Department of Electrical and Computer Engineering

Academic support

A new way of learning


For many of you, going to lectures with 50, 100 or sometimes even more students will be a new experience and you will need to develop some new habits to optimise your learning.

You won't get the same attention in a lecture that you might be used to in a classroom. You're probably also unfamiliar with tutorials, labs and clinics but they can all help you succeed in your courses if you make the most of them.

Here are some useful tips to help you study smarter if you're unfamiliar with lecture-style teaching and learning.

1. Understand your lecturer's teaching style.
Will they give you handouts? Will you need to take lots of notes? Is their presentation material available on CECIL? If your lecturers don't tell you this in your first lecture then ask them afterwards.

2. Get familiar with CECIL.
This is where many of your course co-ordinators, lecturers and tutors post useful information such as information about books and resources you'll need, announcements about test times/locations and copies of old tests/exams that you can practice on. Use your NetID/UPI and NetAccount password to log in to CECIL.

3. Don't use your laptop during lectures.
It's very easy for you to get distracted and not actively listen and the sound of your typing can be very distracting to other people.

4. Organise your lecture notes.
You can do this during the lecture by using different coloured highlighters on important points in your handouts, or to mark areas that you don't understand. After your lecture, go through your lecture notes as soon as possible to make sure you aren't missing any information and talk to your classmates, lecturer or tutor to fil in the blanks.

5. Participate in your tutorials.
Lectures are usually where you LEARN concepts, ideas and methods. Tutorials are where you USE those concepts, ideas and methods. Your exam will test your ability to USE what you've learned so don't just go to your tutorials, participate in them! A lot of tutorials work through past test and/or exam questions so this is a great opportunity for you to get some quick one-on-one help from a tutor if you're struggling with a particular concept or problem.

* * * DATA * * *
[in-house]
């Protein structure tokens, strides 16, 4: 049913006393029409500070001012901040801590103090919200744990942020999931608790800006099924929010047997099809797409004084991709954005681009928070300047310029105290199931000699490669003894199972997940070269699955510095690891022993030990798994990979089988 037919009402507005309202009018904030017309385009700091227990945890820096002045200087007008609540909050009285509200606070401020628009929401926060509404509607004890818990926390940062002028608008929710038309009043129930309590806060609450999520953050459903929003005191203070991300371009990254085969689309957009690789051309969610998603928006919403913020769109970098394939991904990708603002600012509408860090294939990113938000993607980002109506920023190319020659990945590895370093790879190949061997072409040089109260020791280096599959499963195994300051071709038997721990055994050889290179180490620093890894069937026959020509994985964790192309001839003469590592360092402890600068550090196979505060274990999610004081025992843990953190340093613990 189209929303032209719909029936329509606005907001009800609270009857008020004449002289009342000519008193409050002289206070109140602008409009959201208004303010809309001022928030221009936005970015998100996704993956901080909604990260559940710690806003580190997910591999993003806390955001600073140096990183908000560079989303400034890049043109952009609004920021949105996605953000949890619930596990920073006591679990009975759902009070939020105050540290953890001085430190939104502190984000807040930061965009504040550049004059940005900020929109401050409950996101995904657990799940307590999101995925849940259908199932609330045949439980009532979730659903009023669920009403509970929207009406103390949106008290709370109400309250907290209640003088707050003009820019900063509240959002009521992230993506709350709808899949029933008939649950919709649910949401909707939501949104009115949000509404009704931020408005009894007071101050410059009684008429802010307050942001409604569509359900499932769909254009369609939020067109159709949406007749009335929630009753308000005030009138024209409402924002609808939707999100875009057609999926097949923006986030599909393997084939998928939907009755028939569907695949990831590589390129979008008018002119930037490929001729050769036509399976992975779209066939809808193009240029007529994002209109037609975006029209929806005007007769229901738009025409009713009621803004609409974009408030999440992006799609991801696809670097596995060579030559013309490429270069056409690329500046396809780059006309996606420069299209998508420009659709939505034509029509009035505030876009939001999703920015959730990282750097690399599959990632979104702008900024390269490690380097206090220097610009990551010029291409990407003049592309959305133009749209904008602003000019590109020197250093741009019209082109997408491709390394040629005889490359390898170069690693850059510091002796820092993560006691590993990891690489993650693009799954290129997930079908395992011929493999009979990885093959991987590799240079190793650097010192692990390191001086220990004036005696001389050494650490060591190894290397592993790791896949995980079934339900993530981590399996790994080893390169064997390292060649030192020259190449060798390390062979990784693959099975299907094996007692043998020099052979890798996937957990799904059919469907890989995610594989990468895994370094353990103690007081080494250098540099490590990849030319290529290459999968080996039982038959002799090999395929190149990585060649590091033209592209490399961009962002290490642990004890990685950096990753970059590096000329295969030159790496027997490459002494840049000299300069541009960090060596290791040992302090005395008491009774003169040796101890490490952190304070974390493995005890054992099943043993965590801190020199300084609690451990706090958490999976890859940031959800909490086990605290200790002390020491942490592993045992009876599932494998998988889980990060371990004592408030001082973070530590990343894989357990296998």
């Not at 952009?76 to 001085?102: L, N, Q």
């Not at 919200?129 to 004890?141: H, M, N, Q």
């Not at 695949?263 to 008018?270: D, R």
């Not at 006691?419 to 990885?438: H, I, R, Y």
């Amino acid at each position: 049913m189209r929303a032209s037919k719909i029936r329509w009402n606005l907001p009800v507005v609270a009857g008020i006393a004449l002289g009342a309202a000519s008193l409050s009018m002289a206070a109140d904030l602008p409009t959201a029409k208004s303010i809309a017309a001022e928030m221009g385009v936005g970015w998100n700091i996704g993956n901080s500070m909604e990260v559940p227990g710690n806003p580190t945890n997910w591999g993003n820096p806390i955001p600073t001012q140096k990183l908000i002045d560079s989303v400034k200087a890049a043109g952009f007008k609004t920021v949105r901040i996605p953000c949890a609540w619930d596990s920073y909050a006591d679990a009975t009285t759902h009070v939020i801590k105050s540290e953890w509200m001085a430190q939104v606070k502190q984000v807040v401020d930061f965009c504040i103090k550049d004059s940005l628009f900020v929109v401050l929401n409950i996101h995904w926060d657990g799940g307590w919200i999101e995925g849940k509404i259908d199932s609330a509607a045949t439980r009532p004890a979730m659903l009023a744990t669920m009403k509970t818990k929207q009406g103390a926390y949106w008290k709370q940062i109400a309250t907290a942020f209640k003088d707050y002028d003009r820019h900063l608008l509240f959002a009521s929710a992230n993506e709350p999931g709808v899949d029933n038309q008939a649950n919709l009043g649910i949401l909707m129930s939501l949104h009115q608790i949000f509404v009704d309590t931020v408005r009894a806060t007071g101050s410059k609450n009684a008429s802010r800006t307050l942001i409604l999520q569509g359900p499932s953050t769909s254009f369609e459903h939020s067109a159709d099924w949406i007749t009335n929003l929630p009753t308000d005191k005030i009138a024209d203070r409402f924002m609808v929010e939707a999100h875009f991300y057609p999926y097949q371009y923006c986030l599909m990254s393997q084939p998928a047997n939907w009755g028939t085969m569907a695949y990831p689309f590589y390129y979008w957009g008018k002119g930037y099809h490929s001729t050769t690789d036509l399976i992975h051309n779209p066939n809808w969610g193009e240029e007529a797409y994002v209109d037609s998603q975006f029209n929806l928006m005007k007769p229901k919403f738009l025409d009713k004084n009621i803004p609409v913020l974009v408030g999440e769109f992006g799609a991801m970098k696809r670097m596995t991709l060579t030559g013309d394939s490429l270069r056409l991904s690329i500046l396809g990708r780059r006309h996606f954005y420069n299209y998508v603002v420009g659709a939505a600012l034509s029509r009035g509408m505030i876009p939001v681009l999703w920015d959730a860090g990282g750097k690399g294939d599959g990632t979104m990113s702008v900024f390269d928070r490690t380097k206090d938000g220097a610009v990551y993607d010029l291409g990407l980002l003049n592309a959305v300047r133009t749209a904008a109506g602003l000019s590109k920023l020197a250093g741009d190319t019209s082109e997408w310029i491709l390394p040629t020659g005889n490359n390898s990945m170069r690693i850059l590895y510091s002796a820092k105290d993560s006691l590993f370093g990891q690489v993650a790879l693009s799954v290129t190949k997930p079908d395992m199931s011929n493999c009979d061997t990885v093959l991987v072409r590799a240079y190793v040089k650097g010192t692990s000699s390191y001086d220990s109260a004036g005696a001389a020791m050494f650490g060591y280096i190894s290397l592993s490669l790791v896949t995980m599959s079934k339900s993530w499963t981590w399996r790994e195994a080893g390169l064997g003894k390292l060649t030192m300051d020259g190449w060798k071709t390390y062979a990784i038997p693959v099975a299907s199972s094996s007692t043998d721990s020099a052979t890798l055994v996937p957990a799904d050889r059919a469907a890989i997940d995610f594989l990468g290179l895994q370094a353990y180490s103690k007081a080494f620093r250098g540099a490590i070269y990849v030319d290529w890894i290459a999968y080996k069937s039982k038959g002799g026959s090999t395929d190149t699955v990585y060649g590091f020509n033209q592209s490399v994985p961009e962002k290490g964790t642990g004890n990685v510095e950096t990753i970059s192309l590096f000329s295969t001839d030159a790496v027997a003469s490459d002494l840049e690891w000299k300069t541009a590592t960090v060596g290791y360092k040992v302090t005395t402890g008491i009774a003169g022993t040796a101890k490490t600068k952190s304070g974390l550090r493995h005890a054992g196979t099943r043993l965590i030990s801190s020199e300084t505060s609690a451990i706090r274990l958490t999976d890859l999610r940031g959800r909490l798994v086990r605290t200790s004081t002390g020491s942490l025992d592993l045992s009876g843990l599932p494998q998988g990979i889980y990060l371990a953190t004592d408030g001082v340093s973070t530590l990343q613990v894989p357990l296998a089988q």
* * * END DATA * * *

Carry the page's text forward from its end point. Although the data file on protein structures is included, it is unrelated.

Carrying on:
6. Use your lecturer's office hours.
Each lecturer will have office hours where any of their students can approach them for help with the material covered in the lectures. Make sure you know when and where your lecturer's office hours are and use them if you're struggling to understand anything covered in your lectures.


Study groups


When you just don't feel like studying, a study group can give you the encouragement and motivation you need, as well as providing you with a smaller and less intimidating environment if you're reluctant to ask questions in class lectures.

You can compare notes, share study habits and openly discuss ideas and concepts to add an extra dimension to studying, often leading to an improvement in your own understanding and memory.

Best of all, interacting with other people can make studying more enjoyable and less boring.

If you need help forming a study group with other women in your class, please contact theWomen in Engineering Equity Adviser.


Presentation series

Thank you to all the students who attended the Women in Engineering presentation series for 2011. If you missed out on any of the presentations and want more information, please contact the Women in Engineering Equity Adviser.

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Need more help?

If you need more help, want information on getting one-on-one tutoring from a high-achieving woman Engineering student or just have questions about what academic support the Faculty of Engineering can give you, then come and see the Women in Engineering Equity Adviser.